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James M. McPherson: Historian of the American Civil War

Interview with historian James McPherson: 150 years since the Emancipation Proclamation

By Tom Mackaman, October 29, 2012

McPherson is professor emeritus of history at Princeton University and the author of a number of books on the Civil War, including the Pulitzer Prize-winning Battle Cry of Freedom.

150 years ago: The election of Abraham Lincoln touches off secession crisis

By Shannon Jones, December 24, 2010

On December 20, 1860, six weeks after voters of the United States elected Abraham Lincoln as the 16th president, South Carolina seceded from the union. Other Southern states soon followed, leading within little over five months to the outbreak of the American Civil War, the bloodiest conflict in US history, and ultimately to the freeing of 4 million slaves.

The American media and the Lincoln bicentenary

By Tom Eley, David Walsh, February 17, 2009

The US media’s attempts to portray Obama as the heir of Lincoln’s legacy involve a grotesque historical and political falsification. While Lincoln will forever be associated with one of the great progressive causes of history—the ending of slavery through the Civil War—Obama bears an entirely reactionary relationship to today’s great political questions.

A conversation with historian James M. McPherson

How the US Civil War became “a remorseless revolutionary struggle”

By David Walsh, February 28, 2003

A recent conversation with historian James McPherson of Princeton University was prompted by two events: the appearance of Martin Scorsese’s Gangs of New York, which purports to deal with an episode of the Civil War, and the publication of Professor McPherson’s most recent work, Crossroads of Freedom: Antietam, which studies one of the turning points in that same conflict.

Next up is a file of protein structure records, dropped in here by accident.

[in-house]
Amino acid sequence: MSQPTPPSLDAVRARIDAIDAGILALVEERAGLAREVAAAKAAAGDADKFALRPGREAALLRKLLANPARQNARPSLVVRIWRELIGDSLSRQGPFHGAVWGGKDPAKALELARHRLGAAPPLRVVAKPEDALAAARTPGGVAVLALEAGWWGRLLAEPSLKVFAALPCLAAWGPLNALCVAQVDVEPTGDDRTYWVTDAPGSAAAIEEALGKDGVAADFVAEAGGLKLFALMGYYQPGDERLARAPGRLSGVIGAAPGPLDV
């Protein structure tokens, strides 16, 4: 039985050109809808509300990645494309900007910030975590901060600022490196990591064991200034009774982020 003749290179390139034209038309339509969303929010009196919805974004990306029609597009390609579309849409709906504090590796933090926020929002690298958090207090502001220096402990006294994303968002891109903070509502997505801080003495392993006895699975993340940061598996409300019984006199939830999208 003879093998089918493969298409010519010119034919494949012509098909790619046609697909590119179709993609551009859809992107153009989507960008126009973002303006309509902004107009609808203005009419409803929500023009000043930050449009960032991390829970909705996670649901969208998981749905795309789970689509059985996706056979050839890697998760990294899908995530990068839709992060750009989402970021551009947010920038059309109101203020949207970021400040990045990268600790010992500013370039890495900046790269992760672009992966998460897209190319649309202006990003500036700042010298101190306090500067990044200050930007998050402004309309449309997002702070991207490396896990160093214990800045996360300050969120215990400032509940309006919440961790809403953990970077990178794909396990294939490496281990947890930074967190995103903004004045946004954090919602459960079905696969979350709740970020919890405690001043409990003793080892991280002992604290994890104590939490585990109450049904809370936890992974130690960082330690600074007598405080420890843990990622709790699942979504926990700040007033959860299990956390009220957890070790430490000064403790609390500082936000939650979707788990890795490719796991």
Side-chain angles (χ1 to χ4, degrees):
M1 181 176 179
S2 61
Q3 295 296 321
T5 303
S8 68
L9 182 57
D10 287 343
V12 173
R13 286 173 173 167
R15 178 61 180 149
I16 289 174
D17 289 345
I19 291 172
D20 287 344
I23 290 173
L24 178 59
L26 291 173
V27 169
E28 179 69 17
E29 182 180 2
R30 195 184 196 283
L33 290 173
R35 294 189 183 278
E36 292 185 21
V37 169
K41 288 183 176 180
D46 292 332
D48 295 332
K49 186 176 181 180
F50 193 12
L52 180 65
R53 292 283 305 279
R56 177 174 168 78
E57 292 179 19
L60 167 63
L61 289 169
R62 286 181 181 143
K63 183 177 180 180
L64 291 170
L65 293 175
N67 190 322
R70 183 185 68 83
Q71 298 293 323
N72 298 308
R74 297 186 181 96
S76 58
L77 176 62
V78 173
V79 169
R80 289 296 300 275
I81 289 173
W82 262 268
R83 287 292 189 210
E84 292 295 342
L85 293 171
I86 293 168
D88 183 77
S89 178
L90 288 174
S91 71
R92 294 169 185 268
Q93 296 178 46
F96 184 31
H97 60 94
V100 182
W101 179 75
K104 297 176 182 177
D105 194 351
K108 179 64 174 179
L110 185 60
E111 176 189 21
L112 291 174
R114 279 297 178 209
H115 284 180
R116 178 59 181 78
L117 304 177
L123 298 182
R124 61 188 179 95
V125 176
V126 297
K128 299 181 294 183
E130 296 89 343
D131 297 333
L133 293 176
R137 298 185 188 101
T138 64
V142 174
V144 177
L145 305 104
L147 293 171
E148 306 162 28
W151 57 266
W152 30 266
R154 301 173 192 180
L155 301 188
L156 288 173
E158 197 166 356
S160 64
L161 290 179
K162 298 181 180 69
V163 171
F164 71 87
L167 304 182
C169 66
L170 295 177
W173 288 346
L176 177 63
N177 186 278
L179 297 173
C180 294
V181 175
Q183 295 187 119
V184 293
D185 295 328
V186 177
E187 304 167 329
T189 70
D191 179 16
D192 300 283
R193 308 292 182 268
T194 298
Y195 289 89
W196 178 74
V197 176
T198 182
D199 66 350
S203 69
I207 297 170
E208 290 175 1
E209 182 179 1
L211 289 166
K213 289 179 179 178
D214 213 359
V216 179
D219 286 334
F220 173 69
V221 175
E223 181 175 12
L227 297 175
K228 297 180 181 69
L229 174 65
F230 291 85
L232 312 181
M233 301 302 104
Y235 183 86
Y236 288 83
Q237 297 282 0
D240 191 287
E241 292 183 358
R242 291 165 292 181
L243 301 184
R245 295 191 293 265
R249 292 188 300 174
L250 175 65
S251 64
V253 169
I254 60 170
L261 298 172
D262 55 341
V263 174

An interview with historian James M. McPherson

The Civil War, impeachment then and now and Lincoln's legacy—Part 3

By David Walsh, May 21, 1999

This is the third part of an interview conducted by WSWS editorial board member David Walsh with James M. McPherson. Walsh spoke to McPherson, the distinguished historian of the Civil War era, in his office at Princeton University. Professor McPherson's works include Abraham Lincoln and the Second American Revolution ; Battle Cry of Freedom [a Pulitzer Prize winner]; For Cause and Comrades: Why Men Fought in the Civil War and The Struggle for Equality . Explanatory notes to assist the reader follow the article.

An interview with historian James M. McPherson

The Civil War, impeachment then and now and Lincoln's legacy—Part 2

By David Walsh, May 20, 1999

This is the second part of an interview conducted by WSWS editorial board member David Walsh with James M. McPherson. Walsh spoke to McPherson, the distinguished historian of the Civil War era, in his office at Princeton University. Professor McPherson's works include Abraham Lincoln and the Second American Revolution ; Battle Cry of Freedom [a Pulitzer Prize winner]; For Cause and Comrades: Why Men Fought in the Civil War and The Struggle for Equality .

An interview with historian James M. McPherson

The Civil War, impeachment then and now, and Lincoln's legacy—Part 1

By David Walsh, May 19, 1999

WSWS editorial board member David Walsh recently spoke to James McPherson, the distinguished historian of the Civil War era in his office at Princeton University. Professor McPherson's works include Abraham Lincoln and the Second American Revolution; Battle Cry of Freedom [a Pulitzer Prize winner]; For Cause and Comrades: Why Men Fought in the Civil War and The Struggle for Equality.

Historian James M. McPherson and the cause of intellectual integrity

By David Walsh, May 18, 1999

Starting tomorrow we will be presenting on the WSWS a lengthy interview with James M. McPherson, probably the leading contemporary historian of the American Civil War era. We hope that readers will find that the subjects of the discussion—the political turmoil of the period leading up to the Civil War, the violence of the war, Lincoln's legacy, the impeachment of Andrew Johnson—are of interest and that they shed some light on contemporary events.

"There is a big idea which is at stake"—Corporal in the 105th Ohio, 1864

For Cause and Comrades: Why Men Fought in the Civil War, by James M. McPherson, New York, Oxford University Press, 1997

By David Walsh, November 3, 1997

[Originally published in the International Workers Bulletin, November 3, 1997]

An exchange with a Civil War historian

By David Walsh, June 19, 1995

[Originally published in the International Workers Bulletin, June 19, 1995]

James McPherson's What They Fought For: When great ideals gripped the American people

By David Walsh, December 5, 1994

[Originally published in the International Workers Bulletin, December 5, 1994]